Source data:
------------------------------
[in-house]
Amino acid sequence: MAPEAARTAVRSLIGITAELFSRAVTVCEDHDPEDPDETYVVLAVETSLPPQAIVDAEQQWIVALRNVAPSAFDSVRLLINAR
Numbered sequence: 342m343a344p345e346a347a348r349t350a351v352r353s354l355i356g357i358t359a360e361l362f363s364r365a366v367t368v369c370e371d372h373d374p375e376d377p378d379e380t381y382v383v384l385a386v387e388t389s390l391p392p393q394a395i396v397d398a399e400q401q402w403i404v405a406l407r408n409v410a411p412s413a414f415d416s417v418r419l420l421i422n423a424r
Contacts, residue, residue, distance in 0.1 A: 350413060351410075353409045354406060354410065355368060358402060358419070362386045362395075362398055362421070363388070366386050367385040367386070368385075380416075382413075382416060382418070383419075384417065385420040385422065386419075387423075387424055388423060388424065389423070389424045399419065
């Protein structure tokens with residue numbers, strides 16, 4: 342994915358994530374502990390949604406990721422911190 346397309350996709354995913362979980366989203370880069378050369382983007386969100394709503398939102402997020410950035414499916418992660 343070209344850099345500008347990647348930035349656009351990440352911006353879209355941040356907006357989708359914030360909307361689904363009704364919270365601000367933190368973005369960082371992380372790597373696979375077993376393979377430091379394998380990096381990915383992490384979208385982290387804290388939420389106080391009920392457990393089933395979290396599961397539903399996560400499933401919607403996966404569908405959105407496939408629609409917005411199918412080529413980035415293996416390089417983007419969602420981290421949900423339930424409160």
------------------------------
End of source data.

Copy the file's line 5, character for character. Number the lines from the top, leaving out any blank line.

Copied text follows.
């Protein structure tokens with residue numbers, strides 16, 4: 342994915358994530374502990390949604406990721422911190 346397309350996709354995913362979980366989203370880069378050369382983007386969100394709503398939102402997020410950035414499916418992660 343070209344850099345500008347990647348930035349656009351990440352911006353879209355941040356907006357989708359914030360909307361689904363009704364919270365601000367933190368973005369960082371992380372790597373696979375077993376393979377430091379394998380990096381990915383992490384979208385982290387804290388939420389106080391009920392457990393089933395979290396599961397539903399996560400499933401919607403996966404569908405959105407496939408629609409917005411199918412080529413980035415293996416390089417983007419969602420981290421949900423339930424409160």